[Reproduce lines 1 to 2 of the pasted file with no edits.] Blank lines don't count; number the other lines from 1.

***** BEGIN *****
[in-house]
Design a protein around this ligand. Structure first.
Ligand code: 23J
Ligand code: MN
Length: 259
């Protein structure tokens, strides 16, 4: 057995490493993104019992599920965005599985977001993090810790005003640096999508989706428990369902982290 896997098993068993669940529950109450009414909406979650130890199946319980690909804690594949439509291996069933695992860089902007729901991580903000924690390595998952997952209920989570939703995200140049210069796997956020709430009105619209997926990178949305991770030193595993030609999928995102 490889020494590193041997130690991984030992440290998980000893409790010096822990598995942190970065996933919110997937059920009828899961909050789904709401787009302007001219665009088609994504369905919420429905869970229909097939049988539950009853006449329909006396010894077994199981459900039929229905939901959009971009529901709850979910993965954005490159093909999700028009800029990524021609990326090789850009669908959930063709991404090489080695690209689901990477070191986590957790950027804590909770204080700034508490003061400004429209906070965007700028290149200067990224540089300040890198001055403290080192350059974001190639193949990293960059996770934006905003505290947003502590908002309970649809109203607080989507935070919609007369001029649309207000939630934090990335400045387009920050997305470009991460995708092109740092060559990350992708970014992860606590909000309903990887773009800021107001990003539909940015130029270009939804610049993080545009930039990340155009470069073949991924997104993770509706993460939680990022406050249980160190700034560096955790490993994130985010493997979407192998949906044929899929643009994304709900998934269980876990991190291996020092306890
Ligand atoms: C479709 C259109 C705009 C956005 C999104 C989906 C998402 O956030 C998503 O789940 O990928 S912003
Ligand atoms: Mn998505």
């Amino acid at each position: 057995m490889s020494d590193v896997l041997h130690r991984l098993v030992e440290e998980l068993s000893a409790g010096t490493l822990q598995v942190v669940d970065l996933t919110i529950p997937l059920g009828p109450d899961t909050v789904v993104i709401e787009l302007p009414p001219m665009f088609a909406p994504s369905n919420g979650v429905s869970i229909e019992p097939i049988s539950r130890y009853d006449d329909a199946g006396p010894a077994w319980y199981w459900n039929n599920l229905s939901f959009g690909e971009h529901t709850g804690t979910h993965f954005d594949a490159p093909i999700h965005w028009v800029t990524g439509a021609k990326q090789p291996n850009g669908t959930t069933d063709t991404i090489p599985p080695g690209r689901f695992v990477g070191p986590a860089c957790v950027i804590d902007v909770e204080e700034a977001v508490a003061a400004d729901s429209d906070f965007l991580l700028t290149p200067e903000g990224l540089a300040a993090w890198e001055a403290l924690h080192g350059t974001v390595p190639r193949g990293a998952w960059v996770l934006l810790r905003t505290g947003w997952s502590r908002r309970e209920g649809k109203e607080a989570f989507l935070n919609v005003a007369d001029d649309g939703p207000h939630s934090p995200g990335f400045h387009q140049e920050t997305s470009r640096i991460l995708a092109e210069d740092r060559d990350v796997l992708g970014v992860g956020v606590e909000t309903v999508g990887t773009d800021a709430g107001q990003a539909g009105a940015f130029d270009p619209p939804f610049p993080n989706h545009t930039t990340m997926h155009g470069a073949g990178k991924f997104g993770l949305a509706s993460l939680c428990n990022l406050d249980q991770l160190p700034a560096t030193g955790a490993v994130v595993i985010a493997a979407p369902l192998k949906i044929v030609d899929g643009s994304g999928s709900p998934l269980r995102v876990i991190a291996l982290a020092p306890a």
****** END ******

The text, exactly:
[in-house]
Design a protein around this ligand. Structure first.